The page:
The new report confirmed what this blog reported last year – a quarter of all the HELOCers are paying nothing on their loans. Only interest. And most of them are using the lines themselves to get the interest money itself – so the debt keeps expanding until it hits the limit. The feds also found half of Canadians have no clear idea how these lines work or the risks involved.

And, yes, the dangers are real.

HELOCs are demand loans. The bank can call you any day of the week and demand the thing be repaid. If real estate crashes or your financial situation hits the skids, that phone call is not so unlikely. And home lines of credit are almost always variable – so every time the Bank of Canada raises its benchmark rate, your borrowing cost goes up. (There are two more increases expected in 2019.) Lenders can also decrease your line’s limit arbitrarily – which sucks since a third of all borrowers say they often or always use HELOC money to make other debt payments.

So every year more people with houses borrow against them, and the HELOC balloon grows. Currently about $100 billion is not being paid off – at all. Meanwhile the cost of carrying all this debt has increased substantially over the last year, in which the central bank jacked rates three times. Home equity lines have turned into quasi-mortgages, a form of debt which will typically last decades or maybe forever – draining off cash flow and eroding real estate equity.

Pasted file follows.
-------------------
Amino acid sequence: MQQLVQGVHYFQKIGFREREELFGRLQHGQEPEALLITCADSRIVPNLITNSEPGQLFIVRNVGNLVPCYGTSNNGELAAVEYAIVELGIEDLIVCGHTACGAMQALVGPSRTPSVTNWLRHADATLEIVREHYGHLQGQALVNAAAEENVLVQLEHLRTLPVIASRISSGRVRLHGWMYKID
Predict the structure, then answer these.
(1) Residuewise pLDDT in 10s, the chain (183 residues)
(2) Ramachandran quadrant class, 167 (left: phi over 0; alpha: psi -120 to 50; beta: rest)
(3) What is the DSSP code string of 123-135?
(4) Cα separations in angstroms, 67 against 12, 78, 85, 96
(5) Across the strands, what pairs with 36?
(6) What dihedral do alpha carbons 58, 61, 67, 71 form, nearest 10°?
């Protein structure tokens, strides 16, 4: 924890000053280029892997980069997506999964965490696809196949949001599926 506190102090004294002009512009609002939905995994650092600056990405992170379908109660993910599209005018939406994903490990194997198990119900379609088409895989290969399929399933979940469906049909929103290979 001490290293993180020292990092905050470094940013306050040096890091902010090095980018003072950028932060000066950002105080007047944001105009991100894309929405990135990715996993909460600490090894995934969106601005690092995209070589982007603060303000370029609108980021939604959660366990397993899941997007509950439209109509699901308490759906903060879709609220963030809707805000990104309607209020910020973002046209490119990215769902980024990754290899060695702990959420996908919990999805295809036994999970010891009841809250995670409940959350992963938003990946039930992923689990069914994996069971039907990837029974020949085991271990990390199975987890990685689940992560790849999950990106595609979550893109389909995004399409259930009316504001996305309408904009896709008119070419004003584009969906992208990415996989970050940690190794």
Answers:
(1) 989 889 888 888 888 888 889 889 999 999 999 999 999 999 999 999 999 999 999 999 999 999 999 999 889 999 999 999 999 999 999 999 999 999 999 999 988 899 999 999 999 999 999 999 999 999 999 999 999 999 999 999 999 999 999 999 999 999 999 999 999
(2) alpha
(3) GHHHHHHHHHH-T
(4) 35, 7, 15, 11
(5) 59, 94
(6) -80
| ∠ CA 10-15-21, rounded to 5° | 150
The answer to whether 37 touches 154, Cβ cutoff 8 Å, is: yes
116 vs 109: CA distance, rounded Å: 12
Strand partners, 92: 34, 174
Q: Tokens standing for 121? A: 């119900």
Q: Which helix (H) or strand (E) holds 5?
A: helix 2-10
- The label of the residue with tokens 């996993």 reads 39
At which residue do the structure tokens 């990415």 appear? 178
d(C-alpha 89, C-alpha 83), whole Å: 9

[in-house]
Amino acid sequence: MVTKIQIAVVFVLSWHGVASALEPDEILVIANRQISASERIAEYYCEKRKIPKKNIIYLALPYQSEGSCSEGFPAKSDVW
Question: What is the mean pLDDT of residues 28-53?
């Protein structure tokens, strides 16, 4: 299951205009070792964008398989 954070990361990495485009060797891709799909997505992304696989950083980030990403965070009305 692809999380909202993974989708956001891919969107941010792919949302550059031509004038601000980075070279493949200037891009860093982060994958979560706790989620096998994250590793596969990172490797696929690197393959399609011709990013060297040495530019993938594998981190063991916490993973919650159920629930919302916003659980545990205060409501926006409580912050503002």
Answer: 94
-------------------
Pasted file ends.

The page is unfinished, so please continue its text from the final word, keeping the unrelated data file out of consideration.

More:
So why do people do this?

Simple. HELOCs are like me – seductive and irresistible, but dangerous when abused. They’re also cheap – prime plus a half for most borrowers. Banks dole them out like lollipops – up to 65% of the equity in a home can be borrowed. They’re open – no term – and can be borrowed against or paid off at any time without penalty. And if you use the money to invest, the interest may be deducted from taxable income. But, sadly, since three-quarters of folks take the money for renos or debt payments, they entirely miss this benefit. Once again, financial illiteracy on full display. No wonder most people live on the edge. By the way, Ottawa’s survey also revealed those aged 25-34 would seriously struggle if their monthly payment increased by just a hundred bucks.

Bankers have been routinely offering people equity-based lines when they take out mortgages. Yep, debt and more debt. Plus there are financial products increasing the limit on a HELOC as the principal on a mortgage is reduced. So overall indebtedness never really falls – you just swap a fixed-rate, stable borrowing for a demand, variable-rate one. No wonder Bay Street loves this stuff.

Was this report, coming just weeks before the next federal (pre-election) budget, timed to set the stage for changes?

I hear it’s under consideration. The 65% equity-borrowing limit could become 50%, then reduced further in subsequent years. Plus, interest-only payments could be banned, with a requirement for banks to adopt blended payments, as with mortgages. Such changes would be prudent and in the public interest. But they’d obviously shock more than a million people who pay nothing against their loans and steadily increase their level of poochedness.

Your neighbours, in turning their homes into banking machines, have created a $300-billion bomb. Ottawa, for its part, has turned a blind eye. Do you think politicians will now do the right thing?

Me neither.